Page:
In our 18 years of working with SumTotal customers, one of the most troublesome yet most preventable mistakes we have seen is a failure to test regular updates.
It’s easy to overlook. You may assume that QA engineers test everything. SumTotal’s people test their updates as well as or better than anyone in the industry – but they don’t check your configuration, your processes, your security, or your integrations. It’s up to you.
If you still using manual testing methods, you may think it’s not worth the effort. That’s a lot of labor-intensive work.
Or, as has happened in two cases in organizations in which we worked in the past (on two different platforms): “Let’s let somebody else find the problems. It’s not that critical.” One case was lucky; the other wasn’t.
These four cases are a sampling of the issues that have caused customers to ask for help after they had been embarrassed:
- The waitlist function stopped working. Perhaps not too critical unless your learning is a revenue creator and your potential customers went elsewhere.
- Because of an update, rosters required additional info and the company couldn’t launch courses.
- Required reports stopped working.
- Course data was duplicated for each learner, copying both the requirements and course completion records.
How Automated Testing Reduces Workload and Costs
Automated testing has made testing much less costly and more efficient. You can now build a library of scenarios for your business processes, integrations, and security. As you run them, the testing program reports and documents failures to make it easy for you to analyze the result. You can build a complete set of testing scenarios, so your update testing requires less effort to prepare.
Gone are the days of borrowing people from every part of the organization, typing up long lists of testing scenarios, and wading through pages of Excel reports. If you keep your testing current by checking process changes, configuration, integration, and security changes as they happen, you will find your update testing to be a quick, natural process each time you do it.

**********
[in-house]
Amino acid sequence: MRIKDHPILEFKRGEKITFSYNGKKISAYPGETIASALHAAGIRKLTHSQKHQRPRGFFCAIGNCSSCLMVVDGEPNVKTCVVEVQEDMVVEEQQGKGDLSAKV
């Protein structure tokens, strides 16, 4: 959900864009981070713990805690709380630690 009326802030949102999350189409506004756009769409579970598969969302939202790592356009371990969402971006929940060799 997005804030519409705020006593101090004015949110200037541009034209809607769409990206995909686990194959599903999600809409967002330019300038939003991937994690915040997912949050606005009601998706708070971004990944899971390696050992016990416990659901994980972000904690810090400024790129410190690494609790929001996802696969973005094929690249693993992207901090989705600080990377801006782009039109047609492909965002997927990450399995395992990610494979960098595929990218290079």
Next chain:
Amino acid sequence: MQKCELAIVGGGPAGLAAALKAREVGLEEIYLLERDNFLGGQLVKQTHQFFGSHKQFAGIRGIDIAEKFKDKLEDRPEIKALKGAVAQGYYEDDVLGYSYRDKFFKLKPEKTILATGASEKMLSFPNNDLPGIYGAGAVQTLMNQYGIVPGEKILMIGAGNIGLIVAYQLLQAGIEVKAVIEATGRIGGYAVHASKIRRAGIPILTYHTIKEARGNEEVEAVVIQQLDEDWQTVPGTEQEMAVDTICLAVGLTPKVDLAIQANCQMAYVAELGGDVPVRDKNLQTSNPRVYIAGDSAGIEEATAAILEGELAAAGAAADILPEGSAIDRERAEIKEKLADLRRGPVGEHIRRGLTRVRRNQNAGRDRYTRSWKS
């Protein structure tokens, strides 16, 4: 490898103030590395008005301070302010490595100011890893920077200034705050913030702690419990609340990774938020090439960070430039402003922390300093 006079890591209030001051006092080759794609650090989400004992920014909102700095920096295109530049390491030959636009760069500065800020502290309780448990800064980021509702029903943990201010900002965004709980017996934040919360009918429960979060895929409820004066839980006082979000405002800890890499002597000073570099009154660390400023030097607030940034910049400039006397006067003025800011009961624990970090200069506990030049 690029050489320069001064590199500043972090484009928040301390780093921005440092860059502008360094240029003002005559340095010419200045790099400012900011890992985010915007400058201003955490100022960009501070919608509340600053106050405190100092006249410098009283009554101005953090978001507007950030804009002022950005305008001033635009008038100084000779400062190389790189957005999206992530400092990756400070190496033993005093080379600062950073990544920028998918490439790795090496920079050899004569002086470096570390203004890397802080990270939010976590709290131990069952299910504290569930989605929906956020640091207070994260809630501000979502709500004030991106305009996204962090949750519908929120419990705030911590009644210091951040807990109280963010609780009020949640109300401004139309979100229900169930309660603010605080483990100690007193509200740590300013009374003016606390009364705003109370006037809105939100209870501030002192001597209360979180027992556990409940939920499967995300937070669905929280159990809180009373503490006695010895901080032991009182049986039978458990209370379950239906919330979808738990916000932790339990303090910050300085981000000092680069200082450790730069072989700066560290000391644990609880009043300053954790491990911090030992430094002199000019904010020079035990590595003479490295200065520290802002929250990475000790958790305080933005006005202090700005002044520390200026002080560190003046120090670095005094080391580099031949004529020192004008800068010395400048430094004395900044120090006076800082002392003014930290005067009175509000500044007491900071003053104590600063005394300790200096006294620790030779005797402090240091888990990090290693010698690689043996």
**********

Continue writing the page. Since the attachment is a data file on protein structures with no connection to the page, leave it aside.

Preparation and planning are the most critical activities in testing. We want to offer four recommendations to help you succeed.
Use process maps
Create and maintain a library of process maps and keep them up to date. These are not your testing scenarios. They are a communication tool you will use to work with stakeholders to review and understand workflow.
- Foster common understanding with upstream and downstream process owners on data needs and workflow sequences.
- Help your team identify pain points, bottlenecks, and potential trouble spots.
- Provide the basis for understanding the impact of new features, processes, and tools in periodic updates.
Develop triage rules
Each issue requires you to decide whether you need to correct it immediately or complete the testing and correct it before the next run. Assign responsibilities and guidelines for making that judgment.
Don’t forget negative testing
Making sure everything works the way it should be is only half of testing. The other half is testing what happens when users do things wrong. Test what happens when they don’t follow the rules.
Remember to test your popular courses with all the new browsers that are supported as part of this update. If your employees, partners, or customers experience an unexpected error, it can have a big impact on user satisfaction.
One Final Recommendation
The If you haven’t explored automated testing, we recommend you do so right away. Enjoy the peace of mind in knowing you will not have embarrassing glitches that damage your reputation.
Chasma Place, is an independent source for solutions that will help you keep pace with changes in the way your people work without ripping and replacing your existing systems.